07.11.12 Stricter manufacturing rules for children's product after infants' deaths
The safety rules for play yards and portable cribs are about to get stricter thanks to the Consumer Product Safety Commission (CPSC), which unanimously voted to toughen these guidelines, The Associated Press and The Washington Post report. However, the CPSC "scrapped a proposal meant to address the hazards that led to the death of a 3-month-old a year ago," according to the Washington Post article.
"The CPSC says it's received reports of more than 2,100 incidents involving play yards, including 60 fatalities and 170 injuries, between November 2007 and December 2011," The Associated Press reports.
According to the CPSC release, the mandatory requirements for play yards will now include:
- A stability test to prevent the play yard from tipping over.
- Latch and lock mechanisms to keep the play yard from folding on a child when it's in use.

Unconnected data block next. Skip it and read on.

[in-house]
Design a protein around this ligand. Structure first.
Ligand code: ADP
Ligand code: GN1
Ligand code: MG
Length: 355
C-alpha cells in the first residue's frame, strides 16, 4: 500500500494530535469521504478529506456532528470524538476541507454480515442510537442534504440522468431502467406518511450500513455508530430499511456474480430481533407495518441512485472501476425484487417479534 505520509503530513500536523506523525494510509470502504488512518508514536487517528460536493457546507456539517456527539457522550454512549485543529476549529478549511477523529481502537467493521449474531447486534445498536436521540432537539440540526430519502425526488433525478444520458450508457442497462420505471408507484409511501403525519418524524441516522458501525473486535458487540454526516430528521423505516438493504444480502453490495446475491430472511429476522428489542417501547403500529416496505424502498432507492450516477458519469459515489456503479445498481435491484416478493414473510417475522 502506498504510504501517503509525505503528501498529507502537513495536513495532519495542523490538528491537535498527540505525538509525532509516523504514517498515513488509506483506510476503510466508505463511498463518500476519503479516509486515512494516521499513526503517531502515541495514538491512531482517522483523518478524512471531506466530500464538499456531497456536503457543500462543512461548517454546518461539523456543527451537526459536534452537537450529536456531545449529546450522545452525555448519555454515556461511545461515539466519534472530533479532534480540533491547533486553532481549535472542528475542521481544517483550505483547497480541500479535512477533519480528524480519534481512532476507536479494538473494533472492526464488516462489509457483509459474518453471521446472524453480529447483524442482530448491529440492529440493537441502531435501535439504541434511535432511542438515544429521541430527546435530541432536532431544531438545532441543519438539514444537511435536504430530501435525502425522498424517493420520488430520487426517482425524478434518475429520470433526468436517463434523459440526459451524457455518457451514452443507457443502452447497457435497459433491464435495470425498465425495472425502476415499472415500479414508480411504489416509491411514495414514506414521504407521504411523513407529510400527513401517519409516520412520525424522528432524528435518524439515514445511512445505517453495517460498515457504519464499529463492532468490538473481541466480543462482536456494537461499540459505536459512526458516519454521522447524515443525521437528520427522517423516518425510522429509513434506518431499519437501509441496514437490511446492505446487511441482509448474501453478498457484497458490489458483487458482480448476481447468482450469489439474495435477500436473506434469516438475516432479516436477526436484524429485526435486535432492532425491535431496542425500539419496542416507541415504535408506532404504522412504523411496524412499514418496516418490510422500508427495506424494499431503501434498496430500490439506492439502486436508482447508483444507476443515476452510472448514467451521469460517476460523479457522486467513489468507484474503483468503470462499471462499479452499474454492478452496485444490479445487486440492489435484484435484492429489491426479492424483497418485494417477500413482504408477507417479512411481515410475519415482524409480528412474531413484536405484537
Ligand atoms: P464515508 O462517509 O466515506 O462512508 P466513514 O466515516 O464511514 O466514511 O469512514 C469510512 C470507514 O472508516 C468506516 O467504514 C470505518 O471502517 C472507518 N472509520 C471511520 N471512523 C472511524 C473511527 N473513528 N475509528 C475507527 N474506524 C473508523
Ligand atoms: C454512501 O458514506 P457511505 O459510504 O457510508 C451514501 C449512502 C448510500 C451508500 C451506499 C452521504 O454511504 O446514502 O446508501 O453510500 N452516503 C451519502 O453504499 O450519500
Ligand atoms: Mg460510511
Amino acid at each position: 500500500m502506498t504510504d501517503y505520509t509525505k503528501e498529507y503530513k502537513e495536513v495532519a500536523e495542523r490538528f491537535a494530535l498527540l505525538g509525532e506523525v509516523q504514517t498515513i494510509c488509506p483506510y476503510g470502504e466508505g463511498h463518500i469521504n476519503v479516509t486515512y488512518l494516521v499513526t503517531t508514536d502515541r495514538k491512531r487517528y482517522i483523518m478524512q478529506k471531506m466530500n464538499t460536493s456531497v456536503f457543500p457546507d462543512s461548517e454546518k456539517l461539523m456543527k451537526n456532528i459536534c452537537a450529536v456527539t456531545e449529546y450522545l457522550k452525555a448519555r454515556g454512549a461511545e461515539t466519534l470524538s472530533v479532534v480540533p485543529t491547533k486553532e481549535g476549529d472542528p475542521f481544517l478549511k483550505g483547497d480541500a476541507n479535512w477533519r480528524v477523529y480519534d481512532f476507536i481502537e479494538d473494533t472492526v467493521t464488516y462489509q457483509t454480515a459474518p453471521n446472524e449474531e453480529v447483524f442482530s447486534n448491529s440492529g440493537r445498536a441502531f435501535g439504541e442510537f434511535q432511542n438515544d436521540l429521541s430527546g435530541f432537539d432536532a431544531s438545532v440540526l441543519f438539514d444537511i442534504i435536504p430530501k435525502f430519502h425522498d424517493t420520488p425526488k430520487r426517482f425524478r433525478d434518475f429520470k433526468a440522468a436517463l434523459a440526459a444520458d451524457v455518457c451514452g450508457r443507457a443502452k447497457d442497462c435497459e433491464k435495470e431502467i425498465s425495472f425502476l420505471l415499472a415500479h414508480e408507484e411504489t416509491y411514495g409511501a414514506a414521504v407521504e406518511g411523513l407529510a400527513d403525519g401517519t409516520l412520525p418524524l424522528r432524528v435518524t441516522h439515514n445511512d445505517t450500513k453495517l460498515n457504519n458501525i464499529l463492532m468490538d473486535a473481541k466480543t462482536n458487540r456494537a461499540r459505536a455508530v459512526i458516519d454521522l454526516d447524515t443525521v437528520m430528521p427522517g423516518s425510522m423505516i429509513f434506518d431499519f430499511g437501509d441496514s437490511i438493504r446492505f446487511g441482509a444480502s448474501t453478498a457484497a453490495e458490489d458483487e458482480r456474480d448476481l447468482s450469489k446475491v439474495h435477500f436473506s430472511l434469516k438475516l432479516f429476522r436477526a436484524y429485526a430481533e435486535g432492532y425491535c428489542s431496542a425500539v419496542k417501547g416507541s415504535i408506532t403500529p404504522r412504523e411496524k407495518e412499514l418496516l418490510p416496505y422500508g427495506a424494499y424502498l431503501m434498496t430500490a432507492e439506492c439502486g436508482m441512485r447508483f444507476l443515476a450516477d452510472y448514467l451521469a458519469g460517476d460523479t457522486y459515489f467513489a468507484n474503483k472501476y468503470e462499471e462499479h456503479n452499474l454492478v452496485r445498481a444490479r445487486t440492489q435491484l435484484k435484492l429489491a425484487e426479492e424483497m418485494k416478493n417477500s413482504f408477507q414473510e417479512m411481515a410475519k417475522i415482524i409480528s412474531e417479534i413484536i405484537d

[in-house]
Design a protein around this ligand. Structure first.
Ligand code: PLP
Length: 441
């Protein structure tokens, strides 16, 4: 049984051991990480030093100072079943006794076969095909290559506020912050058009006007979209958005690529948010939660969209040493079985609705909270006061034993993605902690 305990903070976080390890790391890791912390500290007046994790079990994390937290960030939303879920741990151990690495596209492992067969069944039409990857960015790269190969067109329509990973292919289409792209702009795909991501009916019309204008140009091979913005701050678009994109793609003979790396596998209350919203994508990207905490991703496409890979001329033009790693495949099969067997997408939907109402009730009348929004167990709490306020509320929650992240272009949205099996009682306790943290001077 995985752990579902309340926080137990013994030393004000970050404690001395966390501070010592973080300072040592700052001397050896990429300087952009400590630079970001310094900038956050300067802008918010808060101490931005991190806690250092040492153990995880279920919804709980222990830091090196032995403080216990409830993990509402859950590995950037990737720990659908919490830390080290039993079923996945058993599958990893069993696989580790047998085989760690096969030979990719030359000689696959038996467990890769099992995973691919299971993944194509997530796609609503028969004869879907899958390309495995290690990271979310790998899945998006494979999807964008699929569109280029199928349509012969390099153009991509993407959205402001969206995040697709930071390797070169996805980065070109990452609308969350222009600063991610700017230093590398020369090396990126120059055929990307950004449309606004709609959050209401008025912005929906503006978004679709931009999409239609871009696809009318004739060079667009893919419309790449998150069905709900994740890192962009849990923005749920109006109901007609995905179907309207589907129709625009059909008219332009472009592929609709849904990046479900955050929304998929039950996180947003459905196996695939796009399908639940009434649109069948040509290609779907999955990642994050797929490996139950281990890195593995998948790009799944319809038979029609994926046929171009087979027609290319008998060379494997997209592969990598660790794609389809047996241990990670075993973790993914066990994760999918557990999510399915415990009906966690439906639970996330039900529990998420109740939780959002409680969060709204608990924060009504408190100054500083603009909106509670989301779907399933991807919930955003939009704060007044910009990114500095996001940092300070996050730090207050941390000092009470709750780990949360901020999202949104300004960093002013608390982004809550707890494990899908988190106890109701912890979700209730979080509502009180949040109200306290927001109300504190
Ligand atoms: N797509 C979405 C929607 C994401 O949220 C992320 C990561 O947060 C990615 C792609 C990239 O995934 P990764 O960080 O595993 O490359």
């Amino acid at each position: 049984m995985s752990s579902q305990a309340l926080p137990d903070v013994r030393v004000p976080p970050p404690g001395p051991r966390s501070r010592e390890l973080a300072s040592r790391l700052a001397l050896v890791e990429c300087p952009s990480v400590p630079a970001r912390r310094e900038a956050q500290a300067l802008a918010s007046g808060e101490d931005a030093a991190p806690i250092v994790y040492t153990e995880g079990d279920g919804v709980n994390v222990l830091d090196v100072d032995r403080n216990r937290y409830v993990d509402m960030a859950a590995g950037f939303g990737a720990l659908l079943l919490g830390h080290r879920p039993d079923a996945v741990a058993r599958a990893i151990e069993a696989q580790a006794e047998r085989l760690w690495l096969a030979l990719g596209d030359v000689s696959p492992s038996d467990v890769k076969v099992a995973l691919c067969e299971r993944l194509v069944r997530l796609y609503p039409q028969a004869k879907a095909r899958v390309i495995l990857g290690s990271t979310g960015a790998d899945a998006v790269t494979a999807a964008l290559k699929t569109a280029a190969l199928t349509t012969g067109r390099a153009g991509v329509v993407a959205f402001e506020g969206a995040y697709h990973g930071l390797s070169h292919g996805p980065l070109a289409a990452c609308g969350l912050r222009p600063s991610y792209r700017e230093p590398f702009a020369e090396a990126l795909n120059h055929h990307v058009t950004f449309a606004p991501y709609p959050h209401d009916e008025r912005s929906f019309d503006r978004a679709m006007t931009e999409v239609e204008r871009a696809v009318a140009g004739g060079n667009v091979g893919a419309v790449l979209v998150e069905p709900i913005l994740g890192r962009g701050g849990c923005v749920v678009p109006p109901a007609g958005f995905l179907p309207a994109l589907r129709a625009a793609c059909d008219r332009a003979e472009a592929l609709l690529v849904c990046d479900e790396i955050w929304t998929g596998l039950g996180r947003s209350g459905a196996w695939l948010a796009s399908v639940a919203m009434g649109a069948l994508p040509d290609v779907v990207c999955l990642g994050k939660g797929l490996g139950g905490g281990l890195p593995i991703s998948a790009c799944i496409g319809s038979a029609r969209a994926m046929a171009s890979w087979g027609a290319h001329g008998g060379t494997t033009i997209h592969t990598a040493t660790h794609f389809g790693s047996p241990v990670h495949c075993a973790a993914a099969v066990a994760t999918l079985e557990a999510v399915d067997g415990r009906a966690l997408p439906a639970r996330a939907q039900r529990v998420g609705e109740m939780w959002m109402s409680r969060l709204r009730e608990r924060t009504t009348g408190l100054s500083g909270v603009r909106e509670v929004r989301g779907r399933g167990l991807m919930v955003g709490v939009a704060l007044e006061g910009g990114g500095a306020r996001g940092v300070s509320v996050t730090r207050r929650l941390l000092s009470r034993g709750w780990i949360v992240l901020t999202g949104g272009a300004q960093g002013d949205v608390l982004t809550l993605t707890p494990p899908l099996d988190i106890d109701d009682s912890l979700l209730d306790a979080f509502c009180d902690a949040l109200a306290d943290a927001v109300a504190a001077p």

- Entrapment tests for attachments so a child's head does not get trapped while a bassinet or other accessory is attached.
- Floor strength tests to ensure structural integrity and to prevent children from getting trapped by the play yard floor.
- Minimum side height requirements to prevent children from getting out of the play yard on their own.
- A test to prevent play yards whose top rails fold downward from using a hinge that creates a V or diamond shape when folded to prevent head and neck entrapment.
Both articles noted that regulators and consumer advocates agree the new rules are significant. However, consumer groups are upset after the removal of a provision that dealt with bassinets and accessories. According to the Washington Post report: "The 3-month-old girl ... was napping in a bassinet that snapped onto her play yard when the bassinet detached and tilted, pushing her face into the mesh side wall of the play yard. She suffocated. The play yard was not assembled properly and the stricken provision was meant to deal with that issue."
According to the CPSC release, the standards will go into effect "six months after the final rule is published in the Federal Register."
From time to time, manufacturers and federal groups have to pull baby gear products off the shelves for various safety reasons. Check out our Recalls page for a list of pulled baby items.